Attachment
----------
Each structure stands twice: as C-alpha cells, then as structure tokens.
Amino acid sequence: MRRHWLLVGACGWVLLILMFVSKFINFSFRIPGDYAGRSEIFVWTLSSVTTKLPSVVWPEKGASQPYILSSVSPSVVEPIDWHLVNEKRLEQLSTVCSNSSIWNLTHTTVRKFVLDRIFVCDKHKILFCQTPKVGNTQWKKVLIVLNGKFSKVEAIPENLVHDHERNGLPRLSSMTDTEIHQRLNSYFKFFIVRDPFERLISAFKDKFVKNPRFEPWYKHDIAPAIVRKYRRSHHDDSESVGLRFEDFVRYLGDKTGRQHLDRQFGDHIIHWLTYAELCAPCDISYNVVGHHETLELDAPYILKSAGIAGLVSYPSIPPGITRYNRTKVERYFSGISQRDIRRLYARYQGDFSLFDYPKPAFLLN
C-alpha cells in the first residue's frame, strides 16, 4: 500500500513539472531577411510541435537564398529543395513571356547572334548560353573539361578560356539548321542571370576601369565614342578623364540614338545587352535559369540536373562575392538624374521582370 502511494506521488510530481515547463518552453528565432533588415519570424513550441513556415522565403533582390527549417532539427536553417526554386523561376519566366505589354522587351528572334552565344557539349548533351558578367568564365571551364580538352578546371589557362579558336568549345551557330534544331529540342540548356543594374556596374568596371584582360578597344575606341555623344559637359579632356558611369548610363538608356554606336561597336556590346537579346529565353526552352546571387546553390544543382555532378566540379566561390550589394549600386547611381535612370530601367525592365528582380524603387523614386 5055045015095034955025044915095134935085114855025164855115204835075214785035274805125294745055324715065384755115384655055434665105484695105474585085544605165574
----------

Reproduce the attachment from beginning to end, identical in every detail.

Each structure stands twice: as C-alpha cells, then as structure tokens.
Amino acid sequence: MRRHWLLVGACGWVLLILMFVSKFINFSFRIPGDYAGRSEIFVWTLSSVTTKLPSVVWPEKGASQPYILSSVSPSVVEPIDWHLVNEKRLEQLSTVCSNSSIWNLTHTTVRKFVLDRIFVCDKHKILFCQTPKVGNTQWKKVLIVLNGKFSKVEAIPENLVHDHERNGLPRLSSMTDTEIHQRLNSYFKFFIVRDPFERLISAFKDKFVKNPRFEPWYKHDIAPAIVRKYRRSHHDDSESVGLRFEDFVRYLGDKTGRQHLDRQFGDHIIHWLTYAELCAPCDISYNVVGHHETLELDAPYILKSAGIAGLVSYPSIPPGITRYNRTKVERYFSGISQRDIRRLYARYQGDFSLFDYPKPAFLLN
C-alpha cells in the first residue's frame, strides 16, 4: 500500500513539472531577411510541435537564398529543395513571356547572334548560353573539361578560356539548321542571370576601369565614342578623364540614338545587352535559369540536373562575392538624374521582370 502511494506521488510530481515547463518552453528565432533588415519570424513550441513556415522565403533582390527549417532539427536553417526554386523561376519566366505589354522587351528572334552565344557539349548533351558578367568564365571551364580538352578546371589557362579558336568549345551557330534544331529540342540548356543594374556596374568596371584582360578597344575606341555623344559637359579632356558611369548610363538608356554606336561597336556590346537579346529565353526552352546571387546553390544543382555532378566540379566561390550589394549600386547611381535612370530601367525592365528582380524603387523614386 5055045015095034955025044915095134935085114855025164855115204835075214785035274805125294745055324715065384755115384655055434665105484695105474585085544605165574